To say you don’t buy into the concept of the male gaze is not to say that you don’t believe women are ever objectified or portrayed in a manner reflective of the filmmakers’ misogyny. Claims that women were objectified long predate the concept of the male gaze when it was coined in the 70s by Laura Mulvey. Even her essay that is credited with introducing the term didn’t use it in the ways it is to-day typically used in conversation or criticism, interchangeably meaning either objectification of women or the reflection of male attraction in composition. What new element did “male gaze” bring to the table that “objectification” couldn’t cover? It placed an intrinsic guilt in men (implicitly discounting the existence of homosexual motive)—objectification is something done to the actor. The “gaze” is a more passive state, suggesting, in the term’s broadly understood meaning, that women being objectified is the inevitable consequence of their being photographed for or by men. Much as one can say Charles Manson was responsible for all the actions of the Manson Family.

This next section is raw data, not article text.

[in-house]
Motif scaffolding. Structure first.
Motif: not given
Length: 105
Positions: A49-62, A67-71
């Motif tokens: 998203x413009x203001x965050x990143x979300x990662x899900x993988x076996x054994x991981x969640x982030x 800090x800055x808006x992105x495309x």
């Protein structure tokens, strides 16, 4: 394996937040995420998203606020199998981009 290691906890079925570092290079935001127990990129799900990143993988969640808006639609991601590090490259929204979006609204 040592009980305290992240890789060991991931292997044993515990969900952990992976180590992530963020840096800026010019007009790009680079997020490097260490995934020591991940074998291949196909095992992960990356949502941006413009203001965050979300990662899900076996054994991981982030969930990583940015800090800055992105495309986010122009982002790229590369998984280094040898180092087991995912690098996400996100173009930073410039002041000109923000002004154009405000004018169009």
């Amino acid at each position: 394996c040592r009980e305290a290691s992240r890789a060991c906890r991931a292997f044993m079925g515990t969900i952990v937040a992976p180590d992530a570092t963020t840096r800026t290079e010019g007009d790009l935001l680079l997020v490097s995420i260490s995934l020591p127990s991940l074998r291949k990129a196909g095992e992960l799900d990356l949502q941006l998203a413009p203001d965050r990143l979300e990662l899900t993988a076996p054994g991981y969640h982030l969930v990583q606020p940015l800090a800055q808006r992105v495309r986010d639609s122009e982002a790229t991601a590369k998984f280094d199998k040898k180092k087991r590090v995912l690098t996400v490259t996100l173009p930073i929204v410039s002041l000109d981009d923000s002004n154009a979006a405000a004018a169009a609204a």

Manson’s presence in the film, portrayed by Damon Herriman, who bears an eerie resemblance to the him, is minimal. There’s no attention given to the religious nature of his teachings or his professed belief in an impending race war—possibly Tarantino, who’s certainly pored over details surrounding Manson more than I have, has reason for doubting the authenticity of these stories about the nature of the Family’s relationship or structure. The important thing for Tarantino is how tenaciously the Family maintained beliefs that diverged from reality. For such a group, a motive for murder could be like the one he gives to Susan Atkins (Mikey Madison) who justifies the crime of killing filmmakers and actors by saying that films and television inspired murder. So killing artists is a sensible way to prevent a great many more murders, like the ones being perpetrated in Vietnam. Is this an idea Atkins or the Family really subscribed to? I don’t know. The idea of art conditioning or brain washing subjects was certainly one subscribed to in critical theory at the time. Notably it’s something that Tarantino has faced in interview after interview throughout his career—doesn’t he think the violence in his films influences people to commit violence? He usually offers only a very blunt response in the negative. Once Upon a Time in Hollywood gives it pretty eloquently.